ChemChina, Syngenta submit remedy proposals to EU antitrust watchdog


China National Chemical Corp (ChemChina) [CNNCC.UL] and Swiss pesticides and seeds group Syngenta AG have proposed remedies to the European Union's competition watchdog to address concerns over their $43 billion merger agreement.

The European Commission's website showed "commitments" submitted on Jan. 9, which typically means the parties have proposed remedies such as asset divestment or specific product pricing. It did not elaborate on the nature of the pair's commitments.

"Syngenta confirms that remedies related to the deal with ChemChina have been submitted to the EC. We will not comment further on that," a Syngenta spokesman said. "ChemChina and Syngenta remain fully committed to the transaction and are confident of its closure."

A spokesman for state-owned ChemChina told Reuters details of the remedy proposals were confidential.

The Commission began investigating ChemChina's takeover of Syngenta in October, saying they had not allayed concerns about potentially unfair competitive advantages. The deal has already been approved by regulators in several markets, including by a U.S. national security panel and Australia's competition watchdog.

The Commission's concerns are widely seen as one of the last major regulatory hurdles, with U.S. antitrust approval also pending.

Syngenta said last week the Commission had agreed to extend its review of the deal by 10 working days to April 12 to allow "sufficient time for the discussion of remedy proposals".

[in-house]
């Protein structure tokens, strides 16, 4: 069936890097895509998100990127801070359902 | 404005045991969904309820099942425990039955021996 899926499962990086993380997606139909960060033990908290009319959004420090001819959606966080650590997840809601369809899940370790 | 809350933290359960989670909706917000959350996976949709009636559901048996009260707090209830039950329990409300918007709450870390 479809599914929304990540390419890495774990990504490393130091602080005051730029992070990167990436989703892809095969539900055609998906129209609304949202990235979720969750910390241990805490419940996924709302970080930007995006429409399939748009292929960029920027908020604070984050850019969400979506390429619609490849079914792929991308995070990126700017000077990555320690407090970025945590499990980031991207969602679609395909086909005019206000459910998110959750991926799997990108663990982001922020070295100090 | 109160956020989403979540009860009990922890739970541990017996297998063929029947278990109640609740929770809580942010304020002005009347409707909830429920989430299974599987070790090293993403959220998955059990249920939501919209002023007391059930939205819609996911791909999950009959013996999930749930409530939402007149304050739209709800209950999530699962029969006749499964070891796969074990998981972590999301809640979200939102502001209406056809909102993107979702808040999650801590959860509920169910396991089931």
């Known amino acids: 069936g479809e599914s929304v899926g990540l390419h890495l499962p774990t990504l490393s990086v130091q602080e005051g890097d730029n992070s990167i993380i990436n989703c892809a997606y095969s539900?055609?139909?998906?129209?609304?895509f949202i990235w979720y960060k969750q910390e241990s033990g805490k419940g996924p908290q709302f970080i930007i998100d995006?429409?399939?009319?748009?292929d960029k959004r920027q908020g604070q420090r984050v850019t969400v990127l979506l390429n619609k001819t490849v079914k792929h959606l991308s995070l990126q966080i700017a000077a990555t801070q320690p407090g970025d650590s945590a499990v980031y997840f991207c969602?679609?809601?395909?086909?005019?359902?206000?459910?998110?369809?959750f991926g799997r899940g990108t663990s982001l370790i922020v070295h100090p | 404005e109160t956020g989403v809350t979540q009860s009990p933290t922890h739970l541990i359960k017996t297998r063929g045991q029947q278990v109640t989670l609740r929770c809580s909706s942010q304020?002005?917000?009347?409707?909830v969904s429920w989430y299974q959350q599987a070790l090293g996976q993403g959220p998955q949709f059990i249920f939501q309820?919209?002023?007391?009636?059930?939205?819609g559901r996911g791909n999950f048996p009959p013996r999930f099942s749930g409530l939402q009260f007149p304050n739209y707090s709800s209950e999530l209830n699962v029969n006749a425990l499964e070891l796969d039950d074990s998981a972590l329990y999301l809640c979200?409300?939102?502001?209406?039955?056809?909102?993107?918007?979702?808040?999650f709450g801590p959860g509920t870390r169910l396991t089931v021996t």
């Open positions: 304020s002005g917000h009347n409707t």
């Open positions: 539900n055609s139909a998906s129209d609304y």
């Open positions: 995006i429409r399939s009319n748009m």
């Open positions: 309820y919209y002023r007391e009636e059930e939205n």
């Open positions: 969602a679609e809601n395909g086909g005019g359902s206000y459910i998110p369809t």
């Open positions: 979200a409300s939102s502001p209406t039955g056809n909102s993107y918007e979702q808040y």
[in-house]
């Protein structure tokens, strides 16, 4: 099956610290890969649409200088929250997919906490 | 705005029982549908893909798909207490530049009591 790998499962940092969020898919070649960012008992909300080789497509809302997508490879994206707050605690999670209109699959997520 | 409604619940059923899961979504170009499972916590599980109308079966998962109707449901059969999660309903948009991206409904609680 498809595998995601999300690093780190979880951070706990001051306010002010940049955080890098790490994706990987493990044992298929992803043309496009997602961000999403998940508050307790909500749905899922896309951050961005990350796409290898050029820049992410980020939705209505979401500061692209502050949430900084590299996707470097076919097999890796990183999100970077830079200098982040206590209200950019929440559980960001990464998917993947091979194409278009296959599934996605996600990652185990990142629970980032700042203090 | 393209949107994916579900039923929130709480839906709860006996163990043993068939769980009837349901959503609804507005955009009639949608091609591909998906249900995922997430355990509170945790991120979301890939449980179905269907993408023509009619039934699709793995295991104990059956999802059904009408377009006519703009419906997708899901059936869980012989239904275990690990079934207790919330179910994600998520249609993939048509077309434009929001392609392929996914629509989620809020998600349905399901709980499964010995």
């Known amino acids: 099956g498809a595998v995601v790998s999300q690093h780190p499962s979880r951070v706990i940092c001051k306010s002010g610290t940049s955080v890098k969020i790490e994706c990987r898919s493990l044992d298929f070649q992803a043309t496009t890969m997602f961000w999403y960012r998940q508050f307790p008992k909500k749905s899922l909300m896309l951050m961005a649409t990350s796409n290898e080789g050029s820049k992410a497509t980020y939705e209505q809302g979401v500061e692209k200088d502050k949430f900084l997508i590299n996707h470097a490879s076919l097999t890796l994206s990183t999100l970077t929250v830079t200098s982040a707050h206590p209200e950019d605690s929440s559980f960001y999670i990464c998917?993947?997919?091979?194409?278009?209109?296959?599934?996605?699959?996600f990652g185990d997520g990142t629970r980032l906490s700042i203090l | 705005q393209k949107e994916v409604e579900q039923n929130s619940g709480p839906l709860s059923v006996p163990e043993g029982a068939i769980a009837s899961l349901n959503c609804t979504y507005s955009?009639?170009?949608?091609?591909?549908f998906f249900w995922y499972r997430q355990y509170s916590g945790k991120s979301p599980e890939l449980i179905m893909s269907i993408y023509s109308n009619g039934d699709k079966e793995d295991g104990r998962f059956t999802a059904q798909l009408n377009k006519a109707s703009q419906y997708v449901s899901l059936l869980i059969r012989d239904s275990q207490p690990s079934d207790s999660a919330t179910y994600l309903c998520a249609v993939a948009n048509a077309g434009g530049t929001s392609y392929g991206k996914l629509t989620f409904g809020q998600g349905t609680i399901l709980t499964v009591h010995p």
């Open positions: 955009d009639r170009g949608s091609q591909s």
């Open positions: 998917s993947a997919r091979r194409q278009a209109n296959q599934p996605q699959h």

In its October statement, the Commission highlighted ChemChina subsidiary Adama Agricultural Solutions Ltd as one area where ChemChina and Syngenta had an overlapping portfolio of European crop protection products, including herbicide and insecticide. A merger could therefore potentially reduce competition for such products.

Israel-based Adama makes generic crop protection and pest control products. It is the largest supplier of generic crop protection products in Europe, according to the Commission.

Ioannis Kokkoris, Chair in Law and Economics at Queen Mary University of London, said divesting Adama was the simplest and cleanest means for ChemChina to address competition concerns.

"That ChemChina has not done this yet suggests it is trying to mitigate a full divestment of Adama, such as by selling a number of significant activities," said Kokkoris. "The other scenario is that it has agreed to divest Adama and is now discussing top-up remedies."

These could include commitments to continue funding research in certain products to ensure the deal does not adversely affect innovation in product development, he said.

The Commission's next step would be to test the proposed remedies against its market model, Kokkoris said.

"The companies have identified a list of products that may have caused the Commission's concerns in respective countries," a senior Beijing-based industry executive with knowledge of the talks told Reuters last week.

"Although the progress has taken slightly longer than expected, communication with the Commission has been smooth," said the executive, who was not authorized to speak publicly on the matter and so declined to be identified.

(Reporting by Chen Aizhu in BEIJING and Michelle Price in HONG KONG; Additional reporting by Oliver Hirt in ZURICH; Editing by Christopher Cushing and Muralikumar Anantharaman)